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California is boldly adopting clean energy.
Adding clean energy to increase capacity
The state is going “all-in” on zero-carbon electricity as the fuel of the future. On June 24, 2021, the California Public Utilities Commission (CPUC) approved a plan that requires utilities to add an additional 11.5 gigawatts of low carbon electricity to the grid by 2026. For perspective, the total grid capacity is roughly 50 gigawatts, and average daily peak loads are typically about 30 gigawatts.
Commissioner Rechtschaffen of the CPUC stated: “This is a landmark decision. I don’t think it is hyperbole to describe it as such.” He went on to say that the new directive “calls for an unprecedented amount of clean energy.”
Grid loads in California occasionally get dangerously close to the total capacity. The maximum demand occurs on hot days when thousands of customers turn on air conditioning systems to beat the heat. If the demand exceeds capacity, utilities must shut down sections of the grid to prevent overloading, creating brownouts. Adding capacity to the grid will reduce the likelihood of brownouts in the future. Commissioner Rechtschaffen went on to say that “We are now thinking about renewables to meet our needs – not just to check a box.”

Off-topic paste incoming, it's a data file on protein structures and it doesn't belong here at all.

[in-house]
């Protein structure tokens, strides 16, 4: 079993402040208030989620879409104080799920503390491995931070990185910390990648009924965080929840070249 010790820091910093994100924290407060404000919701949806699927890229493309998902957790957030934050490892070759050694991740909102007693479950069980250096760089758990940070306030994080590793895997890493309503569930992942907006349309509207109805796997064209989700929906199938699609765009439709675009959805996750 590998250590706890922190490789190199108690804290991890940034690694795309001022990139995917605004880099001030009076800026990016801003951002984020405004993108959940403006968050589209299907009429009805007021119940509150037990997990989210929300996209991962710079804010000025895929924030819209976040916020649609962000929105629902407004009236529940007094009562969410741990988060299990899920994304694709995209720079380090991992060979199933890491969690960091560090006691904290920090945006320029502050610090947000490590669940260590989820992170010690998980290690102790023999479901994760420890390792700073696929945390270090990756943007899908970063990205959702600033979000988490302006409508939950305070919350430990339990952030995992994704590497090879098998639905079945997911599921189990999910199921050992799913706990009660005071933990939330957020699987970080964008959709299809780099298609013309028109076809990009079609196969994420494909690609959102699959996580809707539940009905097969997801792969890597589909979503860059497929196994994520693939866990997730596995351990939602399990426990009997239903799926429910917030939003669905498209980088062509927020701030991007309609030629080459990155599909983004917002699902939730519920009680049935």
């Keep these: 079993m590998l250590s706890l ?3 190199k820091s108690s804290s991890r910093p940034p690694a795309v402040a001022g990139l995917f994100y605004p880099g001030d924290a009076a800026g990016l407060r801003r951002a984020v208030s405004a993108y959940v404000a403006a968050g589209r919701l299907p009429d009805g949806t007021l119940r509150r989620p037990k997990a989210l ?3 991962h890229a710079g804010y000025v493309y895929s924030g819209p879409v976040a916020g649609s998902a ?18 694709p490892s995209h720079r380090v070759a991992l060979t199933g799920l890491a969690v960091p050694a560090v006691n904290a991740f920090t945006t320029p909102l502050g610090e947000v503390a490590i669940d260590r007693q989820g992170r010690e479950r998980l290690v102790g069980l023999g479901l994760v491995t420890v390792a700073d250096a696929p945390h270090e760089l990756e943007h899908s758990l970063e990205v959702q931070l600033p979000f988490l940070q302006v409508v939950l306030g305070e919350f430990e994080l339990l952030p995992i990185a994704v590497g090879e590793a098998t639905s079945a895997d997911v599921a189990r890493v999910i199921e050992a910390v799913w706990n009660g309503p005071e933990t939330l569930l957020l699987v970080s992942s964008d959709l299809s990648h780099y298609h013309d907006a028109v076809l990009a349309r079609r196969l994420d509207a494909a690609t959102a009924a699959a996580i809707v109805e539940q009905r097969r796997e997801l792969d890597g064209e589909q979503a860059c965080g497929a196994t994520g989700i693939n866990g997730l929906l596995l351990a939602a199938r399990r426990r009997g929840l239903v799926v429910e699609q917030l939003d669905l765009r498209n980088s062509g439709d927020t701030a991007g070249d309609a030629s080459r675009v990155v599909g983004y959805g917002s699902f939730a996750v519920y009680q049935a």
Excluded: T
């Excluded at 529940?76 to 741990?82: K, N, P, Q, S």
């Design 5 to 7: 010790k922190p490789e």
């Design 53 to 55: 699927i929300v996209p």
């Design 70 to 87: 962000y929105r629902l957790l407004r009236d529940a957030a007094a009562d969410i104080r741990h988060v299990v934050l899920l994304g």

Replacing nuclear power with renewables
The Diablo Canyon nuclear power plant provides 2.2 gigawatts, roughly enough to power 2.5 million homes in California. The facility will be retired and go off-line in 2025. For years policymakers have debated on how to replace this capacity once the plant is off-line.
The CPUC considered several different proposals related to replacing the capacity provided by Diablo Canyon. Many of the recommendations relied heavily on natural gas to replace a portion or all of the current power. Ultimately, they agreed to support a proposal that includes a 100% Greenhouse Gas (GHG) free requirement. The CPUC anticipates some of the capacity will come from demand response resources and will likely include some form of storage. The net outcome is the state is looking to replace electricity previously supplied by the Diablo Canyon plant with carbon-free alternatives.
Renewables are quickly becoming the lowest cost open to adding capacity to the grid. This factor alone is spurring the adoption of solar and other renewables for utility-scale electrical generation. Another clear indication that electricity is quickly rising to the top as the emissions-free energy source of the future in California.
Read Advocacy Update from last month: Advocacy Update, May 2021